DEBATE in SFA Study Compares Nitinol Bare-Metal Stents With or Without Cilostazol Versus DES

 

August 29, 2018—In Circulation: Cardiovascular Interventions, Takashi Miura, MD, et al published findings from DEBATE in SFA, a study of drug-eluting stent (DES) versus nitinol bare-metal stent (BMS) implantation with or without cilostazol in the treatment of disease of the superficial femoral artery (SFA). The study, led by principal investigator Yusuke Miyashita, MD, was sponsored by Shinshu University Hospital in Asahi Matsumoto-shi, Japan.

According to the investigators, the background of the study is that new-generation nitinol BMSs and DESs have improved long-term outcomes in patients undergoing endovascular therapy for femoropopliteal lesions and that cilostazol reduces in-stent restenosis (ISR) after first-generation nitinol BMS implantation for femoropopliteal lesions.

The study was composed of 255 patients with femoropopliteal lesion who were treated at 25 cardiovascular centers. The patients were randomly assigned to the nitinol BMS group (Misago RX self-expanding peripheral stent [Terumo Interventional Systems] implantation without cilostazol), nitinol BMS with cilostazol group (Misago RX stent implantation with cilostazol), or the DES group (Zilver PTX stent [Cook Medical] implantation without cilostazol).

The primary endpoint was 1-year restenosis determined by duplex ultrasound (peak systolic velocity ratio, > 2.0) and the secondary endpoint was major adverse limb events (limb-related death, target lesion revascularization, major amputation, and major bleeding).

As summarized in Circulation: Cardiovascular Interventions, 12 (4.7%) patients died and 237 (92.9%) patients had relevant ultrasound findings at 1-year follow-up. The investigators reported:

  • ISR rate did not differ significantly among the nitinol BMS, nitinol BMS with cilostazol, and DES groups (28.4% vs 12.2% vs 21%; P = .052). Whereas the ISR rate was significantly lower in the nitinol BMS with cilostazol group than in the nitinol BMS alone group, it was similar to that in the DES group (P = .16).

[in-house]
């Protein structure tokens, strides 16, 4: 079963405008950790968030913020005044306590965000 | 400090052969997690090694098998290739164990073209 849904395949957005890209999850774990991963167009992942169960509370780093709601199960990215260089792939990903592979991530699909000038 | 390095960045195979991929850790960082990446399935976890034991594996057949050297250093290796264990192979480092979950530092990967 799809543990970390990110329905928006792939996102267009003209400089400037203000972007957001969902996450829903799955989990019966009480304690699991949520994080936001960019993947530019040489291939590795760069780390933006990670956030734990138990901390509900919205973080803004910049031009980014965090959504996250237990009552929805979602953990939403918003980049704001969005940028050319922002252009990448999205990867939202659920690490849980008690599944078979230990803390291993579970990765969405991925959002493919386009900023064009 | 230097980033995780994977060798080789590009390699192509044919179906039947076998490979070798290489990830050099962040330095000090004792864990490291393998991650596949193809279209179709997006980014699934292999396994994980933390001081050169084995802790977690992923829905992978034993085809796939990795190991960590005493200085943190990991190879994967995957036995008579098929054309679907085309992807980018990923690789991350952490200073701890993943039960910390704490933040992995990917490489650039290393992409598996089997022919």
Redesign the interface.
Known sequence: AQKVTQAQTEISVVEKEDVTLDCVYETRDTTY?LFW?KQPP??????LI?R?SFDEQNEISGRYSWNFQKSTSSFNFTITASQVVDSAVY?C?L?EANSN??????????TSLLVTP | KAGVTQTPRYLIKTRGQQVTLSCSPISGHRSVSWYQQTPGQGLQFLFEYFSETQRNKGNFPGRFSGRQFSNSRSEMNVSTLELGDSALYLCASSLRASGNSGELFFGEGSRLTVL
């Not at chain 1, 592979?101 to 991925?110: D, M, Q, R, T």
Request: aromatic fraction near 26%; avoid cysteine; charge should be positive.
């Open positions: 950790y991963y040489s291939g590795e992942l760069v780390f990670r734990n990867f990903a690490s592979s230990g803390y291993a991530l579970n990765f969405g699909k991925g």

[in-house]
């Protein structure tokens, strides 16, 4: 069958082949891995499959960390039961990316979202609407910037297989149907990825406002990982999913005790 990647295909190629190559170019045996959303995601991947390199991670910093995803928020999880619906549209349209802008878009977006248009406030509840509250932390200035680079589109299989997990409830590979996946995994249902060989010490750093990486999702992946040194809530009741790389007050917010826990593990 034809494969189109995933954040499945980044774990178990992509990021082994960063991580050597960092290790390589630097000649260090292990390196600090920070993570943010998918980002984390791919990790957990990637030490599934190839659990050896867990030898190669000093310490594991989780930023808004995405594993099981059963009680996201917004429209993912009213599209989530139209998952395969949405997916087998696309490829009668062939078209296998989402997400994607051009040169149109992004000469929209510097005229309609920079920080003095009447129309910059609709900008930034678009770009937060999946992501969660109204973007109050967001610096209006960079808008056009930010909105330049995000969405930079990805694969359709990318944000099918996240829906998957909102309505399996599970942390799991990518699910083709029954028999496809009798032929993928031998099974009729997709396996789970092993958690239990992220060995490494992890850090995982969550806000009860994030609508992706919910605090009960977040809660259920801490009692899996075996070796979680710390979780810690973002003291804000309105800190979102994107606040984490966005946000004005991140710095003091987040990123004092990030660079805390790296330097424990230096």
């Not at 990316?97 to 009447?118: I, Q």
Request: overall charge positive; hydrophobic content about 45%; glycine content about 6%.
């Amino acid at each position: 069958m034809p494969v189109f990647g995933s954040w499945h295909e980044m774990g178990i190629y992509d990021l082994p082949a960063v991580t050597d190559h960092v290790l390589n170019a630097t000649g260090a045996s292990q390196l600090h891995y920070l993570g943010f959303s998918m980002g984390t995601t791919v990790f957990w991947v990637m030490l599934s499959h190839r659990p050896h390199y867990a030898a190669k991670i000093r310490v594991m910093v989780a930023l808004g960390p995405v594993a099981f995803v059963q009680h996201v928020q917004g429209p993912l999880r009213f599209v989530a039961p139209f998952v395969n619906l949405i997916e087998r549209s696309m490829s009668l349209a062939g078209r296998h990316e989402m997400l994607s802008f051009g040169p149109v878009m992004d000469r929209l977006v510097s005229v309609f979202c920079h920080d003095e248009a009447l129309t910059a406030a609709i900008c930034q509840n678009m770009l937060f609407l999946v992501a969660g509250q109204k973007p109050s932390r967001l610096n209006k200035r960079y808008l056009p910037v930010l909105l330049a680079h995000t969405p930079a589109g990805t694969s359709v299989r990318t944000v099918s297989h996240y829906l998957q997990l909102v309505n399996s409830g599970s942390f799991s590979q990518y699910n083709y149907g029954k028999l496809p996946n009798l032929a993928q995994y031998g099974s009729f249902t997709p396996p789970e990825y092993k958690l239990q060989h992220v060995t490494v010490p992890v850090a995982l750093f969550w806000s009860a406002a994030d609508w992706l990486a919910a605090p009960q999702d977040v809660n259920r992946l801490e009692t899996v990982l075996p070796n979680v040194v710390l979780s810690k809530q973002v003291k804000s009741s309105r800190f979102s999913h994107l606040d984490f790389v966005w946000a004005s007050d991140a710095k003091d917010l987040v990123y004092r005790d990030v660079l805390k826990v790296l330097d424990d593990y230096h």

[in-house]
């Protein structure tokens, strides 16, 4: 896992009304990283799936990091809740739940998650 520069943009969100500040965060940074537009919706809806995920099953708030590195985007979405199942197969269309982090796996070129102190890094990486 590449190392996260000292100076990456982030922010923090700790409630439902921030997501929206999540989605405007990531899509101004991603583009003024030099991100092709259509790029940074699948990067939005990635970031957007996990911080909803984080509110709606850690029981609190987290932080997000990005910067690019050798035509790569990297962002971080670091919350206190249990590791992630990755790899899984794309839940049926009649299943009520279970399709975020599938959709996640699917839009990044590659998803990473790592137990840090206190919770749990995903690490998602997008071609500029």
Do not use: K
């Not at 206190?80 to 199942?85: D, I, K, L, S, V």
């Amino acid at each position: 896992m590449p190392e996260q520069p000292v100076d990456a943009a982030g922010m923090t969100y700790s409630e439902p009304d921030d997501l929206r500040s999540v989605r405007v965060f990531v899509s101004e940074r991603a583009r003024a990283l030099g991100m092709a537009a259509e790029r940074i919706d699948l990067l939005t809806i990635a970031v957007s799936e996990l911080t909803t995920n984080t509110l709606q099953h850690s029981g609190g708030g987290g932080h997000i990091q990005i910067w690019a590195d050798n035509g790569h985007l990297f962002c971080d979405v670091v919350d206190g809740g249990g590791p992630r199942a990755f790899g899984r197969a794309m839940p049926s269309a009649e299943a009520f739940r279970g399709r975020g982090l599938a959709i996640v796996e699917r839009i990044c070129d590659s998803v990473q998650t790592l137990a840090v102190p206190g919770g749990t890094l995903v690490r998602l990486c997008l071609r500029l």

• Major adverse limb event was significantly higher in the nitinol BMS group (16.9% vs 6.5% vs 6.3%; P = .034).
  • Rates were similar regarding target lesion revascularization (9.7% vs 5.1% vs 3.6%; P = .25) and major bleeding (4.8% vs 1.2% vs 2.4%; P = .37).

The findings demonstrated that Misago nitinol BMS implantation with cilostazol showed a comparable 1-year ISR rate with Zilver PTX DES implantation; additionally, cilostazol reduced the 1-year ISR rate after endovascular therapy when used with new-generation nitinol BMS, concluded the investigators in Circulation: Cardiovascular Interventions.

 

Contact Info

For advertising rates and opportunities, contact:
Craig McChesney
484-581-1816
cmcchesney@bmctoday.com

Stephen Hoerst
484-581-1817
shoerst@bmctoday.com

Charles Philip
484-581-1873
cphillip@bmctoday.com

About Endovascular Today

Endovascular Today is a publication dedicated to bringing you comprehensive coverage of all the latest technology, techniques, and developments in the endovascular field. Our Editorial Advisory Board is composed of the top endovascular specialists, including interventional cardiologists, interventional radiologists, vascular surgeons, neurologists, and vascular medicine practitioners, and our publication is read by an audience of more than 22,000 members of the endovascular community.